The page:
A busy September lies ahead for Turkey as growth data for the second quarter, inflation and export figures are all due this week, before the government announces its medium-term economic road map later in the month.
To battle surging COVID-19 cases, Turkey had imposed curfews, weekend lockdowns and restaurant closures this year, including a tougher but brief full lockdown in April and May.
But manufacturing and the broader economy were largely unaffected by the measures, which were completely lifted in June.
Data due Wednesday is likely to show that Turkish gross domestic product (GDP) saw double-digit growth in the April-June period, mainly due to a rebound from a steep fall caused by COVID-19 restrictions last year.
The economy is expected to have surged around 21.7% year-on-year according to the median, in a Reuters poll of 14 economists from last week. Forecasts ranged from 18.1% to 24%.
Forecasts in an Anadolu Agency (AA) survey were for a 21.8% growth in the second quarter. Government officials have also expressed views that the growth would exceed 20%.
The economy grew strongly, by 7%, in the first quarter. President Recep Tayyip Erdoğan has said they expect the economy to register serious growth in the second.
The $720-billion economy grew 1.8% last year, despite a 10.3% plunge in the second quarter, one of only a few globally to avoid an annual contraction amid the pandemic fallout.
The strong second quarter is expected to bring the expansion for the full year to around 8%. The full-year estimates in the Reuters poll spread between 4.6% and 9%.
This year, the government officially forecasts 5.8% growth, though Treasury and Finance Minister Lütfi Elvan said it could top 8% annually with a robust April-June performance.
Erdoğan has also said the full-year growth could exceed that of the first quarter, driven by the leap in the second quarter.
Among others, the Trade Ministry will be announcing the export figures for August on Thursday, which comes after Turkey’s 12-month rolling exports exceeded the long-awaited threshold of $200 billion for the first time in July.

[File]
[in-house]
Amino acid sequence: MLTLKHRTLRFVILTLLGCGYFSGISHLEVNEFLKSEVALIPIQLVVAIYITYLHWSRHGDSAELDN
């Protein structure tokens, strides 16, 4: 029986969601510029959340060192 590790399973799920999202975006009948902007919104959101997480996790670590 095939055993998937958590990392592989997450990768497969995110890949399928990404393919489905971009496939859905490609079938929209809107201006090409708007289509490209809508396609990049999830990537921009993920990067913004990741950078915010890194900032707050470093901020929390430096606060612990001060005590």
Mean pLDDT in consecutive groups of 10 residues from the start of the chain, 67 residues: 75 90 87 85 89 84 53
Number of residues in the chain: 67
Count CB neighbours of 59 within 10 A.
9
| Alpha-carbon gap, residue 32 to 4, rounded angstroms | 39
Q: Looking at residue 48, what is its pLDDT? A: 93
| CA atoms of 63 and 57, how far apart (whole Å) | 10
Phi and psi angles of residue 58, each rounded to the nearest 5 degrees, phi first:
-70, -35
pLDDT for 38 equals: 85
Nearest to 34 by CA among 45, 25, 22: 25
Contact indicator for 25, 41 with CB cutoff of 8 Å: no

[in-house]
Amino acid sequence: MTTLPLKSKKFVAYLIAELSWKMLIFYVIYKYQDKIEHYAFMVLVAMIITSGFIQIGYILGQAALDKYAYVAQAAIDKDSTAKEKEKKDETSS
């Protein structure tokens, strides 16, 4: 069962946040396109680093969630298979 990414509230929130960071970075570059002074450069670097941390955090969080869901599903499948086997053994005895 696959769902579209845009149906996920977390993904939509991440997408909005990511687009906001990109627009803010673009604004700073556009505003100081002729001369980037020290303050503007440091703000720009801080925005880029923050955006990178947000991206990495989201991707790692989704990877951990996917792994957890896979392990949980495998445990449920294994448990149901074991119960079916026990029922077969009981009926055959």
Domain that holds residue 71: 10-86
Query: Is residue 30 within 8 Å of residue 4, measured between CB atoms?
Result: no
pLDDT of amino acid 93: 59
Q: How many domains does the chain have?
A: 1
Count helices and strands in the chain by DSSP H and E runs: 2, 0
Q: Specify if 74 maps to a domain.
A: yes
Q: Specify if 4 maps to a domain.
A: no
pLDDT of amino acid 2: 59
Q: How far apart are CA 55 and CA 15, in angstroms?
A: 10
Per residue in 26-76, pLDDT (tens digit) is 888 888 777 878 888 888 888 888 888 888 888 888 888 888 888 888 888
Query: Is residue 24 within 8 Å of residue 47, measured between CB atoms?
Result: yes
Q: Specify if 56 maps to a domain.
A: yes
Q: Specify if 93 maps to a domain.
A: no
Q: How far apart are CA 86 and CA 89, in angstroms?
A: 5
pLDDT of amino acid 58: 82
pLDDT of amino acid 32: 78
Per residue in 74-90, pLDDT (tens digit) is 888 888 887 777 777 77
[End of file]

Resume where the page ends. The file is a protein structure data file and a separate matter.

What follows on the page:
They exceeded both the 2021-end target of $184 billion and the $198 billion target set for 2022. The full-year exports are now projected to exceed $210 billion.
The January-July sales came in at $121.4 billion, marking a 35% rise from a year ago and a 16.4% increase from the seven-month figure of 2019 before the pandemic hit. Imports were up 4.3% to reach $219.4 billion. The foreign trade gap widened by 69.12% to $49.9 billion.
Eyes will also be on the August inflation data. Inflation inched higher to near 19% in July, the highest level in more than two years, keeping pressure on the central bank to maintain a tight stance.
The official data due Friday is expected to show inflation edged lower to 18.7% in August, according to surveys. In a Reuters poll of 15 economists, forecasts for the August annual inflation ranged between 18.25% and 19%. The median forecast for the monthly figure stood at 0.60%, with estimates ranging between 0.30% and 0.90%.
IŞ Investment economist Dağlar Özkan was cited by Reuters as saying that food prices were seen leading the rise in August, on the back of recent drought and a rise in international commodity prices. He added that some upward pressure may come from the hotel-restaurant and entertainment components of the inflation basket.